As the European Parliament begins internal talks on next year’s budget, some MEPs warn they might lose again in the battle with member states on using unspent research money
The yearly haggle over how much money should go to research has begun, with German MEP Christian Ehler renewing his plea for unspent research funds to be carried over to Horizon Europe and member states likely to give MEPs the cold shoulder again.
In a preliminary debate on the 2023 budget this week, Ehler – who is a member in the European Parliament’s research and industry committee ITRE – called on colleagues from other committees to join forces to ensure member states back a budget that is in line with the EU’s plans to develop globally competitive technologies like semiconductors.
Every year the European Commission, Council and Parliament engage in an endless negotiation over the budget, which inevitably ends with a compromise.
Last year, member states agreed to allocate some extra cash to Horizon Europe in 2022, but the increase was far lower than the European Parliament was bidding for.
In 2020, the Horizon Europe budget was sacrificed by member states so they could reach an agreement on the broader multiannual EU budget, along with a pandemic recovery fund.
But Ehler warned the game is different this year, because the Commission keeps adding more programmes and initiatives it wants to be funded by a research budget that is already thinly spread. “I just want to flag that this this is not the business as usual,” he said.
Member states have warned the Commission not to use the Horizon budget as a “piggy bank” for a number of initiatives that are slated to receive hundreds of millions of euros from the research programme, including the EU energy partnership with the Bill Gates Breakthrough Energy initiative, the new Health Emergency Preparedness and Response Authority, and the European Bauhaus.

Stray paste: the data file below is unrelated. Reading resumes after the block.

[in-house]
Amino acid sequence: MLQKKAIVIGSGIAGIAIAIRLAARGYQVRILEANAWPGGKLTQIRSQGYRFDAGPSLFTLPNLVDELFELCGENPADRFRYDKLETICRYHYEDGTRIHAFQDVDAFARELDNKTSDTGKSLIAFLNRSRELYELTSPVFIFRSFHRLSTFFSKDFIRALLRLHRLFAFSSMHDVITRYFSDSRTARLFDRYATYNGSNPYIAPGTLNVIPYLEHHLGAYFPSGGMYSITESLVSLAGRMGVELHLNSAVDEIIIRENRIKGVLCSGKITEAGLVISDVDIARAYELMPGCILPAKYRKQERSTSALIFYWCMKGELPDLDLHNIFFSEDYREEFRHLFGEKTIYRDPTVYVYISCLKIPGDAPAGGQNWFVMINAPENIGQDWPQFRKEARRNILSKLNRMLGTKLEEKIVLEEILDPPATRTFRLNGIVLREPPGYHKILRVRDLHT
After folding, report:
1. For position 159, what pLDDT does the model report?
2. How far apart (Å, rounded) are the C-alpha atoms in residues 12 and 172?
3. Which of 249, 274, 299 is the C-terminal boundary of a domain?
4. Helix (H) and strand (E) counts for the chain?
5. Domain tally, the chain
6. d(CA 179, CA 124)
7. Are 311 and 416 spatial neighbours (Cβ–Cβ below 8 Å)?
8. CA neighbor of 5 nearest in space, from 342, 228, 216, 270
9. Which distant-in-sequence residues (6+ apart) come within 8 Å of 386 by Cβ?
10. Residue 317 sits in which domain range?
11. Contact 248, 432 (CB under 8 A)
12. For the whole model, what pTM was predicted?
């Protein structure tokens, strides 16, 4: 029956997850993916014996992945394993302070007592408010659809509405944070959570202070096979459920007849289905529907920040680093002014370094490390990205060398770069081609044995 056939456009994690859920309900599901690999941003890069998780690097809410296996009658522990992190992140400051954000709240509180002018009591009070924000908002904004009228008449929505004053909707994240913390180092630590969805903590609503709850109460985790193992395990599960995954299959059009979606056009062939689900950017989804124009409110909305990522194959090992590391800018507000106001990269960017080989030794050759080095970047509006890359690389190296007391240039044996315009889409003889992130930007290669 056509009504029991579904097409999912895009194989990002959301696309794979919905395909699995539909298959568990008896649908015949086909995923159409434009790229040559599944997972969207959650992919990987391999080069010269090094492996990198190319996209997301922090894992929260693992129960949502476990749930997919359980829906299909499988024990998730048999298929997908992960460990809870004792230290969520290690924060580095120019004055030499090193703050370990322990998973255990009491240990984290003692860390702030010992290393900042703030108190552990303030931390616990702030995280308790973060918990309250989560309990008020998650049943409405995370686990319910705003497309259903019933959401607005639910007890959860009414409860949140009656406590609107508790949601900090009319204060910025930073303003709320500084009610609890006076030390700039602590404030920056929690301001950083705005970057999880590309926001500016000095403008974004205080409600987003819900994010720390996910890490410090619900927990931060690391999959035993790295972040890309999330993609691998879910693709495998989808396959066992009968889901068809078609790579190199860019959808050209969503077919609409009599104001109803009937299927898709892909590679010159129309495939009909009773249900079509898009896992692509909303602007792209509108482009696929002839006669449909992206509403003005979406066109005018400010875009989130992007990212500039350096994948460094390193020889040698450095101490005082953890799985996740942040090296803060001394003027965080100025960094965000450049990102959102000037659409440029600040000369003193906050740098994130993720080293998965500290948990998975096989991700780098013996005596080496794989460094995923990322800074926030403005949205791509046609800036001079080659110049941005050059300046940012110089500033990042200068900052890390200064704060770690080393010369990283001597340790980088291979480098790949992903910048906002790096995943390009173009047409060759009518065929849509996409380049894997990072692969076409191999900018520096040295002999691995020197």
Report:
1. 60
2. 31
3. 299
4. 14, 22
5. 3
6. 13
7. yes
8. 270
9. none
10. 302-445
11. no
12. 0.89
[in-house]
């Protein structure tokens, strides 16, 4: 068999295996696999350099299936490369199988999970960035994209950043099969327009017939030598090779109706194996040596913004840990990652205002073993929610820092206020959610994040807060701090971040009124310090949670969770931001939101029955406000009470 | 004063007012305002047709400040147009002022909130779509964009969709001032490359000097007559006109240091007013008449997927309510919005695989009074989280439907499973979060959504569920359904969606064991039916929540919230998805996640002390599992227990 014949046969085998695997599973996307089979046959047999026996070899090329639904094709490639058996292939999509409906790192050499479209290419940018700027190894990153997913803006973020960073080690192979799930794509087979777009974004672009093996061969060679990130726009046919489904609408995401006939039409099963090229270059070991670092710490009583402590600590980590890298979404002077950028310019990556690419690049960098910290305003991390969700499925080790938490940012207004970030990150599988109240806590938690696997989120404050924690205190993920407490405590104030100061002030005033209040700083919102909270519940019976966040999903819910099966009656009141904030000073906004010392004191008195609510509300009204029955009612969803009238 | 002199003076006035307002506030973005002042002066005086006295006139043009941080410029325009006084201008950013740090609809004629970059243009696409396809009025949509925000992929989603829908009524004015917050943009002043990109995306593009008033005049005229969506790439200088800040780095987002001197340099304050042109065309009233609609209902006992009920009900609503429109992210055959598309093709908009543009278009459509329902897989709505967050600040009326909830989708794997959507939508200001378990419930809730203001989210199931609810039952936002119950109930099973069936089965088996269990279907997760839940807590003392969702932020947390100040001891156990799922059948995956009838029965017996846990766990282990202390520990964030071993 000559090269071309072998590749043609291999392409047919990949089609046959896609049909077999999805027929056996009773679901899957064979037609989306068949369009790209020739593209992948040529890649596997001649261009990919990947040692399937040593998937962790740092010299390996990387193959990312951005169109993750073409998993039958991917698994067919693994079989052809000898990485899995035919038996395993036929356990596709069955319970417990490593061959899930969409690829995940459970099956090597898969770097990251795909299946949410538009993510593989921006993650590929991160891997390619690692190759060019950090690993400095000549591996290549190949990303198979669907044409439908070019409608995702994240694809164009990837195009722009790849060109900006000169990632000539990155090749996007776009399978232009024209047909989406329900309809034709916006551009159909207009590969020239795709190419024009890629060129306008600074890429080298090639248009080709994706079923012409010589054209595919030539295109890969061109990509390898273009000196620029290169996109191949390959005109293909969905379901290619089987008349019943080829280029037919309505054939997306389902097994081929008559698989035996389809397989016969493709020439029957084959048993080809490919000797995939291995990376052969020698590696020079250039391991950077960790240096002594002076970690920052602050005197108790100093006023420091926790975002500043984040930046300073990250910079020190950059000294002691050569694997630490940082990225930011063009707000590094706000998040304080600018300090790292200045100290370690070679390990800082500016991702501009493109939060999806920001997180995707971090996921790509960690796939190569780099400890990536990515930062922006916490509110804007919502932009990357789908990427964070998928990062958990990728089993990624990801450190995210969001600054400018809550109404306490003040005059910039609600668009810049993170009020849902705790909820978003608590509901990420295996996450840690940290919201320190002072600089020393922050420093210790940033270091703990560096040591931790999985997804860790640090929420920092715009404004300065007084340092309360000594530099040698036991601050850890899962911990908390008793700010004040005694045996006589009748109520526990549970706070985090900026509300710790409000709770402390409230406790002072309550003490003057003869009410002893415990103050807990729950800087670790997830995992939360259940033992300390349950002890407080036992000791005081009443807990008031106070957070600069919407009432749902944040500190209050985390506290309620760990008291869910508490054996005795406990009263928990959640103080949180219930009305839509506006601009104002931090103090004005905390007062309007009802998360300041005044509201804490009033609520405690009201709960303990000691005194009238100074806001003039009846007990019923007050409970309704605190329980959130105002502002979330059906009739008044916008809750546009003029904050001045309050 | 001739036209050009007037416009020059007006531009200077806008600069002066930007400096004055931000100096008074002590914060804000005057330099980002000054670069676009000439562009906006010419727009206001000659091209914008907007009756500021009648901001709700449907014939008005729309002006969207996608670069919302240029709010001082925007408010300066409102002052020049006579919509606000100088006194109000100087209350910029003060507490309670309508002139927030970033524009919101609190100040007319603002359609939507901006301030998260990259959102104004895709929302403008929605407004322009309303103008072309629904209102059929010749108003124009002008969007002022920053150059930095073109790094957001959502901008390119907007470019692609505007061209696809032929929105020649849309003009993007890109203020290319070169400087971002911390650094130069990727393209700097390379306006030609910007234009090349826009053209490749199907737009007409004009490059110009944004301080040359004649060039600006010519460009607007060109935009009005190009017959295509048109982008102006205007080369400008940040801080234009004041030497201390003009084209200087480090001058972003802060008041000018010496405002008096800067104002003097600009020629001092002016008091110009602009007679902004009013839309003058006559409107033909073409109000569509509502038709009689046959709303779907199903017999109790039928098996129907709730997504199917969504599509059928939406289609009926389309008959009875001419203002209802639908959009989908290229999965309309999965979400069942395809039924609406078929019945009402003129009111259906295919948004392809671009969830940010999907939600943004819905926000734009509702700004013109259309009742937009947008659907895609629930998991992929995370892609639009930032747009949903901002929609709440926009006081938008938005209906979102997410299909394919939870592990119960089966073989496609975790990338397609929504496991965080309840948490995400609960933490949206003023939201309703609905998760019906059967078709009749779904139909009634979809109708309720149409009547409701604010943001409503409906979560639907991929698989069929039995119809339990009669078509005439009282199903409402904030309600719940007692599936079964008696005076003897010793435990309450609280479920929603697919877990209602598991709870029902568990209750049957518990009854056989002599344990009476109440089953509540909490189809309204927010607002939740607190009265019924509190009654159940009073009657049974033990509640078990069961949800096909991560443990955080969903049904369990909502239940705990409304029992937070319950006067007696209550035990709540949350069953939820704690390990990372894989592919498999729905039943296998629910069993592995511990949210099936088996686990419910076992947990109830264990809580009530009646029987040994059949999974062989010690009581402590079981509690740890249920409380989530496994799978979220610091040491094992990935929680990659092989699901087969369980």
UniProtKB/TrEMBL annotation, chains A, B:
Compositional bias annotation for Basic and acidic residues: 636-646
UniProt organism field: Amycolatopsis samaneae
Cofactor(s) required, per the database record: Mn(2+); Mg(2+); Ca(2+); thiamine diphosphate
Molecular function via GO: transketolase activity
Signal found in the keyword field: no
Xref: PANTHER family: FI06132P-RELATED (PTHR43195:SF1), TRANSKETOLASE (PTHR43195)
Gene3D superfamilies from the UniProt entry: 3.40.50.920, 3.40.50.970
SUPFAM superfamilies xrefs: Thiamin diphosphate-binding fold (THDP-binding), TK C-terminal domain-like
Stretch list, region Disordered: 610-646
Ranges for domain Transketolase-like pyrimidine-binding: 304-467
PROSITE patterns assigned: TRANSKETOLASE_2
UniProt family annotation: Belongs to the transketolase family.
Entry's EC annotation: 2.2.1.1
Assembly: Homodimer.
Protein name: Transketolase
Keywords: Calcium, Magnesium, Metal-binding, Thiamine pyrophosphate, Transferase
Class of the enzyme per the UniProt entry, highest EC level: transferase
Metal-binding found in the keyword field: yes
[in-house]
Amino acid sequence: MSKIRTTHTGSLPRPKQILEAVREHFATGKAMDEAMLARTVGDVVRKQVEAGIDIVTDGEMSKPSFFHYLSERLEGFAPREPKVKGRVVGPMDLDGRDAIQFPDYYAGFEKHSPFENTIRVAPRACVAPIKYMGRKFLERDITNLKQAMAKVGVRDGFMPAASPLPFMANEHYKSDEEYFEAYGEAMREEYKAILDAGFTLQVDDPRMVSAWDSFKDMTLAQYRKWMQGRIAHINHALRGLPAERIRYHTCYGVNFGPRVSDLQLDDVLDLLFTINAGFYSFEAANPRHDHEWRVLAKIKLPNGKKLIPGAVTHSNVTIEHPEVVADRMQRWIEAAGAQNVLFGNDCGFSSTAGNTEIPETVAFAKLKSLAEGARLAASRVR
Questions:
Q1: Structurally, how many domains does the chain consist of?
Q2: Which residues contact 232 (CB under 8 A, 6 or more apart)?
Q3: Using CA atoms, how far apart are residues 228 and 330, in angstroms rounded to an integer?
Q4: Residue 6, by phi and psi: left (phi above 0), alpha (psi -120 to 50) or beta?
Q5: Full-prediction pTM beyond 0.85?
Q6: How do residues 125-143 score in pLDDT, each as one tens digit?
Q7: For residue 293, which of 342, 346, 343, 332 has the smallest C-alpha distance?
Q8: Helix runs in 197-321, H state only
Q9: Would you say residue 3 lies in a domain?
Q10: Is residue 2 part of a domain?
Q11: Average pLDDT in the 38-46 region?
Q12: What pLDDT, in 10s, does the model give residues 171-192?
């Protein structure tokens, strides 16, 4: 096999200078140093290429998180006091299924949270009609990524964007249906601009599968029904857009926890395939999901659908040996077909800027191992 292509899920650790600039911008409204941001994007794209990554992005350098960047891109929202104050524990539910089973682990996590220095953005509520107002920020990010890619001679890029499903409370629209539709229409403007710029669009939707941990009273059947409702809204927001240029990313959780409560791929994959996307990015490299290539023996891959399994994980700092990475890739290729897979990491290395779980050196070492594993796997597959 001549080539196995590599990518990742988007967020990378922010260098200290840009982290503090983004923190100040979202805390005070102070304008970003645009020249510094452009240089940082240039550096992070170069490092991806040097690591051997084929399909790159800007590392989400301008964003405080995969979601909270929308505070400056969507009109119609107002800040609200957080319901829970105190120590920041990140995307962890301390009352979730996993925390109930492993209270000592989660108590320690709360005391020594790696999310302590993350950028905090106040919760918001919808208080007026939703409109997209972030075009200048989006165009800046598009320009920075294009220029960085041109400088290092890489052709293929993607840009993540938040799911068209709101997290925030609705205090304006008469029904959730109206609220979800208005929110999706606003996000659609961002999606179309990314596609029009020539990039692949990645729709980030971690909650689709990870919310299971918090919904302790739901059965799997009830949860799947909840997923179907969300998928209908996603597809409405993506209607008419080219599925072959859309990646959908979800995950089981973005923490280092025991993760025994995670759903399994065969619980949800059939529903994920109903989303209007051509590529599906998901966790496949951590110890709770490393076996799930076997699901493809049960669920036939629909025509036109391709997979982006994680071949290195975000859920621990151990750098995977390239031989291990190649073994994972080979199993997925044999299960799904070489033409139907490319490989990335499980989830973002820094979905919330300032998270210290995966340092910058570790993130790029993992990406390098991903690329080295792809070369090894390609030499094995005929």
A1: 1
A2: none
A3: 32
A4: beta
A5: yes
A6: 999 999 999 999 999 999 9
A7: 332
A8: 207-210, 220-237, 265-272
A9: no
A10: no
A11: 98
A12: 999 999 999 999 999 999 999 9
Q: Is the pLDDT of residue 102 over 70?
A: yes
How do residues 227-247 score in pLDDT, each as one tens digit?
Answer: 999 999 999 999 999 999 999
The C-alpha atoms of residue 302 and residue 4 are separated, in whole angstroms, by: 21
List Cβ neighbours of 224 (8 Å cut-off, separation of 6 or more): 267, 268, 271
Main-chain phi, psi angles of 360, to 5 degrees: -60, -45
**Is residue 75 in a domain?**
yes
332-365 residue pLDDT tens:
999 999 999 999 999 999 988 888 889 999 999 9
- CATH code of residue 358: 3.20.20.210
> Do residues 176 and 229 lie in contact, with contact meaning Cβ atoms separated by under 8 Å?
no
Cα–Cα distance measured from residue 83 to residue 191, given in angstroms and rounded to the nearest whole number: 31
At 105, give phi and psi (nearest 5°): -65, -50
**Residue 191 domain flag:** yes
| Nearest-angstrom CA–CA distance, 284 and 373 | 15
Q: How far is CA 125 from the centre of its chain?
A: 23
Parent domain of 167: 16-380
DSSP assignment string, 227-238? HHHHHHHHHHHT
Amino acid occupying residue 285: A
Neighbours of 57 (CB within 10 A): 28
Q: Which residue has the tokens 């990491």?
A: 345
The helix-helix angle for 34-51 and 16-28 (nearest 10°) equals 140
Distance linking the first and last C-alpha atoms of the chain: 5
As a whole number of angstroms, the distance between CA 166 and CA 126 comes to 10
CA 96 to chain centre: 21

In addition, a previous promise to allow unused research money from previous programmes to be carried forward into Horizon Europe has not fully materialised yet. The Parliament, Council and the Commission had agreed the drastic cuts applied to Horizon Europe during the multiannual budget negotiations in 2020 would be compensated with up to €5 billion.
Of the budget for 2020, the final year of the eighth research and innovation programme Horizon 2020, €486 million was not spent. Member states have only agreed that €117.3 million of this can be rolled into the 2022 Horizon Europe budget. This is at a time when the EU at needs to up its investment in research and innovation if it is to develop technologies needed to slash carbon emissions and come up with a new generation of microprocessors to reduce its dependency on Chinese imports.
Ehler said these ambitions cannot be achieved without a better budget deal for 2023, that includes an agreement on the unspent money. “I think that it needs much more working together and collecting the expertise of members than [the usual yearly] ritual.”
French research minister Frédérique Vidal told ITRE last week that the Council is working on preparations for the 2023 budget, but fell short of reassuring MEPs that the issue of carrying over unspent money will be settled this year. “It is very important that we mobilise the necessary financial resources in order to meet our ambitious goals,” she said.